<laugh> all of it having the plan. <laugh>, you know, I think one of the pieces that I, when I started my firm didn’t make a priority is making sure that client communication is consistent. If there was an update, I’d send it. But otherwise I wouldn’t talk to my client and some of the cases in litigation sit for four months and there’s not really an update. I forgot what it was like to be on the other side where, you know, you’re panicked your business and livelihoods at stake and you don’t know what’s going on. And so the biggest thing that we’re changing in our firm and it’s a hundred percent due to the work with lawyers is being very proactive in communicating with our clients we where I wanna be at, but we’re certainly making more of those phone calls and providing more information to our clients consistently than just if something bad happens and we let ’em know.

Sara (22:40):

Yeah. So other than having those regular team meetings, how do you make sure that everyone on your team is on the same page with, you know, this client communication intention that you have and, and all of your other procedures,

Allison  (22:55):

That’s a work in progress. I, I know one of my faults is communicating all of the things in my heads to everyone else, but we try to do it in whenever we’re talking about cases, right? If I’m talking with you about this new project management tool, I wanna share with you where the end goal is because I don’t think you’re gonna execute on the very easy check, the box kind of tasks. You don’t understand the vision and where it’s going. And so when we look at these new tools and implementations and changes in policy, it’s talking about why are we doing that? What are we trying to achieve? Where are we going with this? I was always the kid that irritated teachers and said, why, why do I need to know this? I remember a geometry class ended up building all sorts of stuff. Cause I never understood why I needed to know angles. Uh <laugh> but it helps. It helps me. And I think it helps everyone when you know the why. So you can do the what?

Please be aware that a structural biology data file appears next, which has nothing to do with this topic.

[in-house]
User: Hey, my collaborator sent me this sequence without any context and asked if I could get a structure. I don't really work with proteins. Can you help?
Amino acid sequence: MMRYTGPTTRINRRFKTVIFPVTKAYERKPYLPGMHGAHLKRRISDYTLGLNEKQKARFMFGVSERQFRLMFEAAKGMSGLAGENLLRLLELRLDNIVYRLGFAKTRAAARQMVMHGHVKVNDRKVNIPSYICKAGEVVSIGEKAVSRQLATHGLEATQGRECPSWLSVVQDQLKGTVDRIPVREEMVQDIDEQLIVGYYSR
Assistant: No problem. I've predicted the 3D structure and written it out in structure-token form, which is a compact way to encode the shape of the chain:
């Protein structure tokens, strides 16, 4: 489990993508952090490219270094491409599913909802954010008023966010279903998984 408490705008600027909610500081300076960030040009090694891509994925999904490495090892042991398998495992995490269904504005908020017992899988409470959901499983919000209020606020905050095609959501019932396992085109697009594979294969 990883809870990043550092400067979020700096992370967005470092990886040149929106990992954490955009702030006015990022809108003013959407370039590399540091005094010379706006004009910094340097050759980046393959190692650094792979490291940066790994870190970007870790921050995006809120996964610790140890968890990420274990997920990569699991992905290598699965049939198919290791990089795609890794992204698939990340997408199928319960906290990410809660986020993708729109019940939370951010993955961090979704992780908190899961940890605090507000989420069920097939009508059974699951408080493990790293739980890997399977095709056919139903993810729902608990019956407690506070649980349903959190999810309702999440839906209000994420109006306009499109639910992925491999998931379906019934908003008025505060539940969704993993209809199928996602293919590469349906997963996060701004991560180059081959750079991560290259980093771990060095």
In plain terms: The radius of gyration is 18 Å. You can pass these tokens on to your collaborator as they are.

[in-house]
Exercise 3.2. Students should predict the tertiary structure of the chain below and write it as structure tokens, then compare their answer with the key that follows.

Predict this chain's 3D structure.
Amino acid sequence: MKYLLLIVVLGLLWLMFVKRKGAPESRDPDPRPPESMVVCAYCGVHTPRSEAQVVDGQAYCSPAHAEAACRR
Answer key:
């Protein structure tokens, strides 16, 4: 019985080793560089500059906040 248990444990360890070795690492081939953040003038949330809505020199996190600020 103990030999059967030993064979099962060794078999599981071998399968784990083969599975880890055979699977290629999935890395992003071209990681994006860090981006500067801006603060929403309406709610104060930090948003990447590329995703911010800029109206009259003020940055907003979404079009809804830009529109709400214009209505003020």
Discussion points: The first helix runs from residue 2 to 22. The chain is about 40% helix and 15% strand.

Sara (23:45):

Yeah. So that was gonna be my next question is why did you get into law?

Allison  (23:51):

<laugh> I wish I had a really good story. So I graduated from, uh, university of Michigan in three years. And by the time I got to my last year, I was like, oh crap, I am not ready to go into the real world. Didn’t have the pre act to go into any other grad school except for law school. And I said, well, I’m not ready to quite get a job yet. So I went to law school after the first year. I was like, no, I really like this. But it, it took me a full year to be like, yeah, this is, this is what I wanna do.

Sara (24:20):

Awesome. So, you know, it’s kind of circling back to the work that you did at the strategy intensive. How is the year going for you so far? You know, we’re, we’re well into it and everybody’s working hard. Are you, do you feel like you’re on track to reach your goals this year?

Allison  (24:36):

I am. One of the things that I have to brace myself is I wanna do everything today. And one of the things learned has taught me is you can’t do everything. You can do little parts of it. And if you continue to do little parts every day, you’ll get there. And so, um, yeah, we’re definitely well on our way to achieving those goals, but it’s a test in patience and me, you know, getting there slowly but surely.

Sara (25:01):